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Editorial comment

Shell recently announced the launch of the first resident mobile robot that has been certified to work in hostile environments. The Sensabot – developed by leading robotic experts from across the world – will work in remote or unmanned oil and gas facilities, following final tests at Shell’s Pernis complex in the Netherlands. The first robot will be deployed at the Kashagan oilfield in Kazakhstan’s zone of the Caspian Sea, before the system is rolled out across other facilities in harsh environments, as well as in refineries and LNG terminals.


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The semi-autonomous robot is remotely controlled by operators working in a safe location. It is equipped with an array of sensors and video cameras that allow it to act as the ‘eyes and ears’ of operators, enabling them to check equipment and respond to alerts quickly, while gathering real time data. The robot, which is designed to work for six months without requiring maintenance, is able to drive through rough terrain including gravel, mud and snow, as well as climb vertical surfaces using rails on the outside of process modules. In Shell’s own words, the robot “can go anywhere humans can, but without needing additional protection.” Aside from its obvious safety benefits, the Sensabot offers economic advantages and helps to improve productivity. The robot has initially been equipped for surveillance of oil and gas facilities, but has a number of different manipulator arms that can be adapted for use by emergency services or for maintenance purposes. Shell is also seeking commercial partners to help expand the technology.

Robotics is an example of an innovative digital technology that is helping to transform the oil and gas industry, alongside advanced analytics, cloud computing, simulation and unmanned aerial systems (aka drones), etc. Recent research from McKinsey & Co. suggests that the effective use of digital technologies in the oil and gas sector has the potential to cut CAPEX by up to 20%, while also reducing operating costs.1 The global management consulting firm predicts that the latest technological advancements will trigger a second digital age that could also significantly increase productivity and performance: “The visibility and clarity delivered by digital technologies and advanced analytics can give executives unprecedented, granular views into operations, increase agility, and support better strategic decision making. Digital enablers, from process digitisation to robotics and automation, can also help realise this potential by supporting processes in dynamic ways.”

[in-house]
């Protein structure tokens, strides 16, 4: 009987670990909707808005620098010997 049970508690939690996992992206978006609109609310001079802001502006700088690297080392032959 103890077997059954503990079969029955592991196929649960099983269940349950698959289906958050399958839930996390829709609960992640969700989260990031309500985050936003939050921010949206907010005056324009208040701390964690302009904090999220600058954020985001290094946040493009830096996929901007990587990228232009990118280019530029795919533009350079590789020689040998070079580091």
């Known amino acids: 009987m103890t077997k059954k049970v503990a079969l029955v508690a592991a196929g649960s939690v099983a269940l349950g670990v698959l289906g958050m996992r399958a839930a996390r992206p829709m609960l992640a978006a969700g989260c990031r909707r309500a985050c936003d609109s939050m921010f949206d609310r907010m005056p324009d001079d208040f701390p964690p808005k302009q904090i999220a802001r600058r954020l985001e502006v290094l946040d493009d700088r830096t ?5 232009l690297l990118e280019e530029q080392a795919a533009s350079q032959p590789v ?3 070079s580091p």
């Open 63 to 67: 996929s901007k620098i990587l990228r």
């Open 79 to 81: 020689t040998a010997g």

This issue of LNG Industry includes a number of articles that outline the benefits of embracing digital technologies. Intergraph Process, Power & Marine (p. 34) discusses the numerous ways that engineering software can help LNG operators, pointing to its work on several projects including Santos’ GLNG facility in Queensland, Australia. Quorum Business Solutions (p. 39) explains how commercial software is capable of automating operations at bi-directional LNG facilities, and Lanner (p. 43) looks at predictive simulation as a strategy for helping to manage market uncertainty.

On the topic of digital advancements, LNG Industry is pleased to announce the launch of our new-look website. Please visit www.lngindustry.com to take a look at some of the exclusive new features on offer to members and subscribers. And, if you haven’t already, download our free App to read the latest issues of LNG Industry on your mobile or tablet device (simply search for ‘LNG Industry’ in the App Store or Google Play).

1. CHOUDHRY, H., MOHAMMAD, A., TEE TAN, K., and WARD, R., ‘The next frontier for digital technologies in oil and gas’, McKinsey & Company, (August 2016).


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